Paul McLellan talked recently to Marc Greenberg, one of Cadence's experts on the memory market. Despite the fact that the JEDEC DDR5 standard is still under development, Marc says that 2020 will be the year of DDR5. He is excited about it since a new DRAM only comes around every 8-10 years.
Cadence Outlies Its Plan To Ship Next-Gen DRAM Within 2020 Even Without The JEDEC Standard Being Formulated
This is another first in terms of DDR IP, featuring the world's first DDR5 7nm silicon IP, the world's first GDDR6 7nm silicon IP, and the world's first LPDDR5 7nm silicon IP. He was asked how we could create test chips when the standard is not even out:
Close participation in the JEDEC working groups is an advantage. We get insight into how the standard will develop. We are a controller and PHY vendor and can anticipate any potential changes on the way to final standardization. In the early days of the standardization, we were able to adopt standard elements under development and work together with our partners to get very early working silicon. As we approach the release of the standard, we get more proof points to indicate that our IP will support DDR5 devices compliant to the standard.
Marc also told said 'this is the year for shipping." Cadence already has over a dozen design-ins. He expects to see a ramp of DDR5, driven by actual servers shipping with DDR5 inside. The value proposition, especially early on, is most attractive to enterprise, cloud, big data applications. In these initial shipments, 4800 will be the speed, which is just one-speed bin above that early experiment with Micron that I linked to above. Eventually, the speeds will go higher, but 4800 will be the introductory speed. The chart above shows the switch from one DDR technology to the next. Note the red line that shows mobile DRAM, which is growing to be half the entire market for DRAM.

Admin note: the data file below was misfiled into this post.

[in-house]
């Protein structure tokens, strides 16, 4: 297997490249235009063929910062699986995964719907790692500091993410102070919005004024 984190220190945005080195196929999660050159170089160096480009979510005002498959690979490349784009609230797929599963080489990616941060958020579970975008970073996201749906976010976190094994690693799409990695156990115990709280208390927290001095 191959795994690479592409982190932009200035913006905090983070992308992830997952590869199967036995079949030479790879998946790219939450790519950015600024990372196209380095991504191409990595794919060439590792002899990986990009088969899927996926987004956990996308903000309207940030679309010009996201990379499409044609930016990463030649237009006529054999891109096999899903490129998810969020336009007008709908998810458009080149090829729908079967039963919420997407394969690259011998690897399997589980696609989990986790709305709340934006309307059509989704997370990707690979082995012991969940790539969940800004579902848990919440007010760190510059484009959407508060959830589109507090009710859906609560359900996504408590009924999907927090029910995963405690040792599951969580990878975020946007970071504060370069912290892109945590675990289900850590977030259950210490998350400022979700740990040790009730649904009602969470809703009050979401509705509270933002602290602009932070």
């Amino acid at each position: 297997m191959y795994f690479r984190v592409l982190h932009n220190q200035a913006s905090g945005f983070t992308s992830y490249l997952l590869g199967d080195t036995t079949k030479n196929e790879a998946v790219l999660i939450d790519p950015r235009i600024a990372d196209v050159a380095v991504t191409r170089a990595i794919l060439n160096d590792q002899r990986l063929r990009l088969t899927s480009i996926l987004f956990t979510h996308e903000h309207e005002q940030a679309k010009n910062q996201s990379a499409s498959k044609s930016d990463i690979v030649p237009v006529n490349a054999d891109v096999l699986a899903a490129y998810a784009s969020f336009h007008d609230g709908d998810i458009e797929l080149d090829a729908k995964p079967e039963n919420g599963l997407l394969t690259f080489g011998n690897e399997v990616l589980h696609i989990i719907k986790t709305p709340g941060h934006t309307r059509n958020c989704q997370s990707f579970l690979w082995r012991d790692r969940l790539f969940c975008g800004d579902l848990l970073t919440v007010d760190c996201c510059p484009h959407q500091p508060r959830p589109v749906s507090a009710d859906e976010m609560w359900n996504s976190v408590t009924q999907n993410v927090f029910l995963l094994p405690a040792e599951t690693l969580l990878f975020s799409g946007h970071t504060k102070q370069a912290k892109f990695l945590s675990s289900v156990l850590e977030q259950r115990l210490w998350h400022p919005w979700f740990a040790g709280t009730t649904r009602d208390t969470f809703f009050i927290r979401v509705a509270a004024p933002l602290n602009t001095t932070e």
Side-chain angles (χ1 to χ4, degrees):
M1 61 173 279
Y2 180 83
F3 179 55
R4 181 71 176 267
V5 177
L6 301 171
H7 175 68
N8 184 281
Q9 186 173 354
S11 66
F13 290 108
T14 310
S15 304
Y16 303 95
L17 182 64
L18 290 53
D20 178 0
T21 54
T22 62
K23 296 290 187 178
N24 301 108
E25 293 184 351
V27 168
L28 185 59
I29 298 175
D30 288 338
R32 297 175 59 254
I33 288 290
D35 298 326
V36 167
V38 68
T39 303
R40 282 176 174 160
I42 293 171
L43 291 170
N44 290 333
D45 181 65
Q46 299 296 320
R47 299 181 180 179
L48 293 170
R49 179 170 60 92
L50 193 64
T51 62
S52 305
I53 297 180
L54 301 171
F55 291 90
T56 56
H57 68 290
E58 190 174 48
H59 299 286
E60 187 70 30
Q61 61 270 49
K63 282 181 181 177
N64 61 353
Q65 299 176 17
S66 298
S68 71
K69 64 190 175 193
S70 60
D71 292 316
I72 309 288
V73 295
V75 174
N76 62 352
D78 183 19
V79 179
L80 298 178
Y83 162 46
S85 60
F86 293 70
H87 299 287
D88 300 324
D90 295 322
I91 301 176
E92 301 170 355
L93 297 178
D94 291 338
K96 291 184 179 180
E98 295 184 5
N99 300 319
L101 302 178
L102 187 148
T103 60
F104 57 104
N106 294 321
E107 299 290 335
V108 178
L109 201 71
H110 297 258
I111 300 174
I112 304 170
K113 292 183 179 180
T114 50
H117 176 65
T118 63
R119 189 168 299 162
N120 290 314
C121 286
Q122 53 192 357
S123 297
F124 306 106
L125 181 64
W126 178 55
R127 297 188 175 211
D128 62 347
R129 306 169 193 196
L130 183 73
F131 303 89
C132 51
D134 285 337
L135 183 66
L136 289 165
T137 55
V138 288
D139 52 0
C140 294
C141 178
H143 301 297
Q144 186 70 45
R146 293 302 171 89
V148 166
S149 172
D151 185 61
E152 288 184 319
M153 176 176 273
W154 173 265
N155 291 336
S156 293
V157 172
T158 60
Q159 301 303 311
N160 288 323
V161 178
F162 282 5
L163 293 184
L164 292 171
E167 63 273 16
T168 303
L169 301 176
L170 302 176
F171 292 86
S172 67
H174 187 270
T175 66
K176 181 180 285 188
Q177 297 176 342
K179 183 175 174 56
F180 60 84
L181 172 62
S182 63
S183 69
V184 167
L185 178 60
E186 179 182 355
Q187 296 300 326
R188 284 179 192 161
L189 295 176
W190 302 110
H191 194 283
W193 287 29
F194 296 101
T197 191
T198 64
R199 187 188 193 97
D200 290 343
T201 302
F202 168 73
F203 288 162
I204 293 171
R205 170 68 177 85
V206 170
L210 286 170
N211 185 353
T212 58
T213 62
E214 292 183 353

When it comes to platforms, AMD's 3rd Gen EPYC Genoa and Intel's Sapphire Rapids Xeon server processors are confirmed to feature support for DDR5 memory. It is unclear as to when we will see the arrival of the new memory standard on consumer platforms but with AMD introducing its Zen 4 processors in 2021 and Intel introducing its next-gen Alder lake CPUs, it is likely that we might get to see DDR5 in action on consumer-side by late 2021 or early 2022.
DDR5 Starts At 16 GB Capacities, Expected To Go Up To 24GB And 32GB
As Marc told Paul McLellan
DDR4 went to 3200 just this year. Adoption of DDR speed grades happens quite slowly. DDR5 is the next step. It is a big leap in bit rate performance. But it will then hang there for 12-18 months, then go up to 5200, and 5600 after that. We are back on the treadmill of one speed grade every 12-18 months.
In fact, the goals of DDR5 are larger dies while managing timing challenges, solve retention time problem (with on-die ECC), same speed DRAM core with a higher speed I/O, and increase one-speed grade every 12-18 months. Marc emphasized the DDR5 is more about density than speed. Using DDR5 it should be possible to have 512GB memory per channel for large dataset computing. When DDR4 was introduced, 16Gb die was impossible— now it is merely challenging. That is the entry capacity for DDR5, but it is expected to go to 24Gb and eventually 32Gb.
DDR5 is also quite well suited to stacking, so we can expect to see stacked devices allowing for even further capacity expansion. One is 3D, the other is LRDIMM technology, which allows for increased capacity. LRDIMM (LR stands for "load reduction") is a tiny sliver of the market, but it may be important for some system designers. He even mentioned up to 512GB on a single die, making it possible for a 4TB machine.